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Cover Crops Suppress Weeds For Organic Dairy Operation

Conservation Showcase

Son Jason Wells, left, influenced his dad Paul, right, to transition to certified organic production.

by Jason Johnson, Public Affairs Specialist

An aerial-applied wheat and red clover cover crop is helping to suppress weeds, reduce soil erosion, and provide other environmental benefits on 200 acres of certified organic cropland that helps feed a 150-head certified organic dairy operation in Van Buren County near Milton.

Wells Dairy, not to be confused with the makers of Blue Bunny® Ice Cream, is a father-son operation that first certified organic cropland in 1993, and just recently certified the dairy in 2008. Father, Paul, and son, Jason, farm about 1,000 acres of certified organic pasture and cropland as well.

Certified organic crop producers are required to grow row crops no more than three years in a five-year rotation. This isn't an issue for the Wellses, though. According to Paul, their rotation is typically soybeans-corn-soybeans-small grain and then multiple years of hay. "Our rotation will never be a five year rotation," said Paul. "We'll always grow hay multiple years [for grazing]."

Cover Crops

A major issue with growing row crops organically is weed invasion. Jason Wells says their fields get particularly weedy by the third consecutive row crop year. That's how cover crops help. In fall 2009, they aerial applied wheat and red clover to standing soybeans to reduce weeds and erosion, limit nitrogen leaching, increase soil organic matter, and improve overall soil quality.

"We are very happy with the wheat and clover," said Jason. "We tried to plant a rye cover crop in the past, and it got away from us."

With no experience applying cover crops aerially, Jason says he was skeptical during the winter months whether the wheat/clover cover crop would come in this spring, but he was pleasantly surprised. "If you were out here this February you could barely tell we seeded cover crops this year, but they just shot up this spring," he said.

A major reason why they aerial applied the wheat and clover was a wetter than normal fall, which included a late soybean harvest. The cover crops were applied in late October, more than a month later than recommended. And with a wet spring, the Wellses didn't cultivate the cover crops and plant corn until mid-June. They plan to aerial apply cover crops again this year, but this time in late August or early September.

Wells Dairy aerial-applied a wheat and red clover mix cover crop into standing soybeans last year.The family farmers offset the cost of applying cover crops after signing up for the USDA's Organic Initiative through the Environmental Quality Incentives Program (EQIP). Administered by the Natural Resources Conservation Service (NRCS), the Program offers already-certified organic producers assistance for applying new conservation practices to treat a natural resource concern, and offers participants transitioning to organic agriculture assistance to protect natural resources while meeting their certification goals. The Wells' EQIP Organic Initiative contract includes 300 acres of cover crops and 730 acres of pest management through 2012.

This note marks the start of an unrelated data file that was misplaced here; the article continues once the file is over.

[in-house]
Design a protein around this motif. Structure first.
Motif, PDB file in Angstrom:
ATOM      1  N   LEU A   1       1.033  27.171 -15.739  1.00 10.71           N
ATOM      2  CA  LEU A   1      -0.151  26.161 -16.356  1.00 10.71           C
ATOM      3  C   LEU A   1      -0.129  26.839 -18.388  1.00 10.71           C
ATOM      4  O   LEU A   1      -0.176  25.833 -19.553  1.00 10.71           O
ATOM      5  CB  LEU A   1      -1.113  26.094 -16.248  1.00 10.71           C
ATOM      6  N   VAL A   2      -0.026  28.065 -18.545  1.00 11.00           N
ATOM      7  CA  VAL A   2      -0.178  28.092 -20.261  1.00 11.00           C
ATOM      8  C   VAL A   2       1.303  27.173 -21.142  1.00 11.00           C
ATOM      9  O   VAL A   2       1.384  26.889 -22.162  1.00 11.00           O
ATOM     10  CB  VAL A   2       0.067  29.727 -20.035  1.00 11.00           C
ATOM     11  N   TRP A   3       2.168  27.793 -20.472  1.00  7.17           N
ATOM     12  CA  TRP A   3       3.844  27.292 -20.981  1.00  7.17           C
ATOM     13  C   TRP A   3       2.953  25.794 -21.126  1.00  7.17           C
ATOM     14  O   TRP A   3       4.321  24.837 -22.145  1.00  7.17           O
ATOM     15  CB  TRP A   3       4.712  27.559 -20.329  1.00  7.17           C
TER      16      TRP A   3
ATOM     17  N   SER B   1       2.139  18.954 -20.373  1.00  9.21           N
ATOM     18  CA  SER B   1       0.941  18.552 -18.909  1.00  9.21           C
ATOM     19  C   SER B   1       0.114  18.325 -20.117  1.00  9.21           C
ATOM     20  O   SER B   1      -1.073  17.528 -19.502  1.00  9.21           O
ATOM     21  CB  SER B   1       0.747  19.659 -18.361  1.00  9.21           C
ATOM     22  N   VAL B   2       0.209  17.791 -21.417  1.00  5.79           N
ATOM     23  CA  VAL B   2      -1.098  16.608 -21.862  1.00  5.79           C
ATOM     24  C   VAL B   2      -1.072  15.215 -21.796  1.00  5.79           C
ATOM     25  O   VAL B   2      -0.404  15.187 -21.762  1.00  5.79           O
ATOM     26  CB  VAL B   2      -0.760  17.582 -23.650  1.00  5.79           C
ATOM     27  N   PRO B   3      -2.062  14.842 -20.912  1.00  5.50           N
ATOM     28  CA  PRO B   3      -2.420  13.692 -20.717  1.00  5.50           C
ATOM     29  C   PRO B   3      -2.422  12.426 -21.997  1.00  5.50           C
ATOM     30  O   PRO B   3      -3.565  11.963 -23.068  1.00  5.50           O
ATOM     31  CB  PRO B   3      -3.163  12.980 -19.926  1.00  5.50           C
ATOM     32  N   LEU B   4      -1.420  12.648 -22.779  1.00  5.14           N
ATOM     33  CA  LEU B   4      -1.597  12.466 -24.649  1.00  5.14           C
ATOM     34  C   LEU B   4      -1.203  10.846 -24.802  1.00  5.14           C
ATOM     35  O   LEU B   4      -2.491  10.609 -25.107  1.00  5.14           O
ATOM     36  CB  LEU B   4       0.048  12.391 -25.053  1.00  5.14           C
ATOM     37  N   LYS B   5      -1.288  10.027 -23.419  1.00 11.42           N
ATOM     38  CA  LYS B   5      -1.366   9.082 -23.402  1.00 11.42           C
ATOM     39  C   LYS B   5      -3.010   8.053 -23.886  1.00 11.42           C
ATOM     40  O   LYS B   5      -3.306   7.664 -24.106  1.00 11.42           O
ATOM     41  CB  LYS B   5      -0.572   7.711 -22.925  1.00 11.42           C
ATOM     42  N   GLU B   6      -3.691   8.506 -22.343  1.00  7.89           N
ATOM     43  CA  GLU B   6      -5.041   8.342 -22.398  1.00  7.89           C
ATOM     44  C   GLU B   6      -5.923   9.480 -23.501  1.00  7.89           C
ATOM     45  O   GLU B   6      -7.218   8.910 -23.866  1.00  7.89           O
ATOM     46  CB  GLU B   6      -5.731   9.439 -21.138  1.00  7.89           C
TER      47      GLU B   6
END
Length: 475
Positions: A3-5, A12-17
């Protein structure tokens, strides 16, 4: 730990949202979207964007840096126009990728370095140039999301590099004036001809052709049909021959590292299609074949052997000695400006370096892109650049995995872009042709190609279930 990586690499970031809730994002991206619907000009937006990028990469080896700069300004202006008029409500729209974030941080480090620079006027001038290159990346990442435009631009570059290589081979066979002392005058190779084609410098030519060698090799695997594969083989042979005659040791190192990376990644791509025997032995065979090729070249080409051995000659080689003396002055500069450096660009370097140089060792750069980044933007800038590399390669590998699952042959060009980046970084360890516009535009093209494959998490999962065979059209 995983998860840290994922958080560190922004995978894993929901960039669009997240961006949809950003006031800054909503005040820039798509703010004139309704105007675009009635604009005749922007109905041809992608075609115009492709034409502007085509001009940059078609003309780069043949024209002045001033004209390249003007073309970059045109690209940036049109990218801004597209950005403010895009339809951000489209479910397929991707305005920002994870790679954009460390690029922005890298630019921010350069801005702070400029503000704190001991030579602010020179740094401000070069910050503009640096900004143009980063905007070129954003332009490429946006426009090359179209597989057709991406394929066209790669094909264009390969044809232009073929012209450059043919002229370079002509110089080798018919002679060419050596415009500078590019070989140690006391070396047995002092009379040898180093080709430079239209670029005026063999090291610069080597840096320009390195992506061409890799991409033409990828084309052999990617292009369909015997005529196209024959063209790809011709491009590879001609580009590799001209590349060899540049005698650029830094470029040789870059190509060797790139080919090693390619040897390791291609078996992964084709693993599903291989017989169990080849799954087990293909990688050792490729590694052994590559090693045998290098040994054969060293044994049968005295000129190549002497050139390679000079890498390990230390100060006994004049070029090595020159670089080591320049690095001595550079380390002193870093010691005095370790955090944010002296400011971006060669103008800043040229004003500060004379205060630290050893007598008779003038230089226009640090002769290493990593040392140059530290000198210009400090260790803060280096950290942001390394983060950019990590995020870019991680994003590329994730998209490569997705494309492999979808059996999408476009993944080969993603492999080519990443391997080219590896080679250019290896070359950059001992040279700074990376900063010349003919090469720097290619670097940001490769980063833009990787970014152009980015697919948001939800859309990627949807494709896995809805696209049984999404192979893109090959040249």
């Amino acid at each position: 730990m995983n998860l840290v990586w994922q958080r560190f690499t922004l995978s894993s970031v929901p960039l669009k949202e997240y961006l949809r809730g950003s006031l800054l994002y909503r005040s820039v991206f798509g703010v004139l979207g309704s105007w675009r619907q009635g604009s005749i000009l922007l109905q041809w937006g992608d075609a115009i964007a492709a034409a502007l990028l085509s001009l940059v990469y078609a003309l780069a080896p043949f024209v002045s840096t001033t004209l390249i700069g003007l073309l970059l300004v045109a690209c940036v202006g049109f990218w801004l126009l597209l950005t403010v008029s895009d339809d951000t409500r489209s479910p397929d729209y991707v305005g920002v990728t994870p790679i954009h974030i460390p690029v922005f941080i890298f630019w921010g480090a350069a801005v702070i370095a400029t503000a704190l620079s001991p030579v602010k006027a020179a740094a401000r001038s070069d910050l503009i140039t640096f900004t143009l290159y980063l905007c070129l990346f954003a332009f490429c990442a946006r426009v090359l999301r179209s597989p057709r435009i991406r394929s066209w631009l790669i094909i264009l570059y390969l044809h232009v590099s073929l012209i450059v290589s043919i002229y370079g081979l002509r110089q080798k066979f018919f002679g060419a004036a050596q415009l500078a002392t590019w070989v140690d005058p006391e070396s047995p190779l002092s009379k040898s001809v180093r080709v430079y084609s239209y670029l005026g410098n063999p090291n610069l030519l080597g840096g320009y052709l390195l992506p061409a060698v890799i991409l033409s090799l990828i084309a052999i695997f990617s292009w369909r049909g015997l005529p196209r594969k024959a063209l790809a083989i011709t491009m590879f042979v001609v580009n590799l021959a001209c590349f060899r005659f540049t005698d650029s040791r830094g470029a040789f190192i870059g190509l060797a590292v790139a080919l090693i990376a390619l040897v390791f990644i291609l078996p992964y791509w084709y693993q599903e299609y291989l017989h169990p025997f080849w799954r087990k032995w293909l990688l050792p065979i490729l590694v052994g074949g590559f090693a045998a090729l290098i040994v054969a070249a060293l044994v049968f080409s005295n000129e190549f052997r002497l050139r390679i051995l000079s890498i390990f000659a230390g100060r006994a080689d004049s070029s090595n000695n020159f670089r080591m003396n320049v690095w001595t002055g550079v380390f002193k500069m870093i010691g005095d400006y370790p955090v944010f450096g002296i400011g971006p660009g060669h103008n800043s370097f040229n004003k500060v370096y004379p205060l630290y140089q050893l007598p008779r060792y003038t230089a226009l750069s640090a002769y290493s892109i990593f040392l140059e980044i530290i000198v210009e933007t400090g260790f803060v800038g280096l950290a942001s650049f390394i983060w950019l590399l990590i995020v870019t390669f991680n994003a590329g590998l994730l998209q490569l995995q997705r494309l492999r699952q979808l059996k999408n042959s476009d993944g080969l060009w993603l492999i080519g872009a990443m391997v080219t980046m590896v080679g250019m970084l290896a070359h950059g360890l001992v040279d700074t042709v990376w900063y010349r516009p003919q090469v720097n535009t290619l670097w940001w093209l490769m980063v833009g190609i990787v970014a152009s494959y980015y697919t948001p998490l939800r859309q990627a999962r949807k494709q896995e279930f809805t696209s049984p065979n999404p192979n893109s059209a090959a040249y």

"With the wet ground, we wouldn't have even applied cover crops without the assistance of the Organic Initiative through EQIP," said Jason. "It really worked for us and helped our operation through a wet fall and spring, which can be tough for organic farmers."

Fly Predators

No formal Integrated Pest Management Plan is completed yet for Wells Dairy through the EQIP Organic Initiative, but the family found a way to decrease their pesky fly problem without using chemicals – Fly Predators™. These tiny, completely biteless and stingless insects destroy the next generation of pest flies in their cocoon stage. According to Jason, they never become a pest themselves and go virtually unnoticed.

They tried Fly Predators™ for the first time two years ago, and according to Paul's wife, Jayne, "The reduction in flies has been amazing."

Because flies produce nine times faster than Fly Predators™, Jason says they add supplemental Fly Predators™ every two weeks during warm months to keep the population balance necessary for good fly control.

Paul says they are a good investment, especially for organic farmers. "The Fly Predators cost us $2,200 to $2,400 per year, but that is comparable to what we would spend on chemical spray," he said, "and they work better!"

Conservation Stewardship Program

In addition to their EQIP contracts, the Wellses also signed a Conservation Stewardship Program (CSP) contract this year including 590 acres of cropland and 30 acres of pasture. CSP encourages producers to address resource concerns by undertaking additional conservation activities and improving and maintaining existing conservation systems.

Their CSP contract includes monitoring key grazing areas on pasture and plant tissue testing to improve nitrogen management on cropland, says Aaron Musselman, NRCS resource conservationist in Van Buren County.

For more information about the EQIP Organic Initiative, visit our web page or visit your local NRCS office located at the USDA Service Center.


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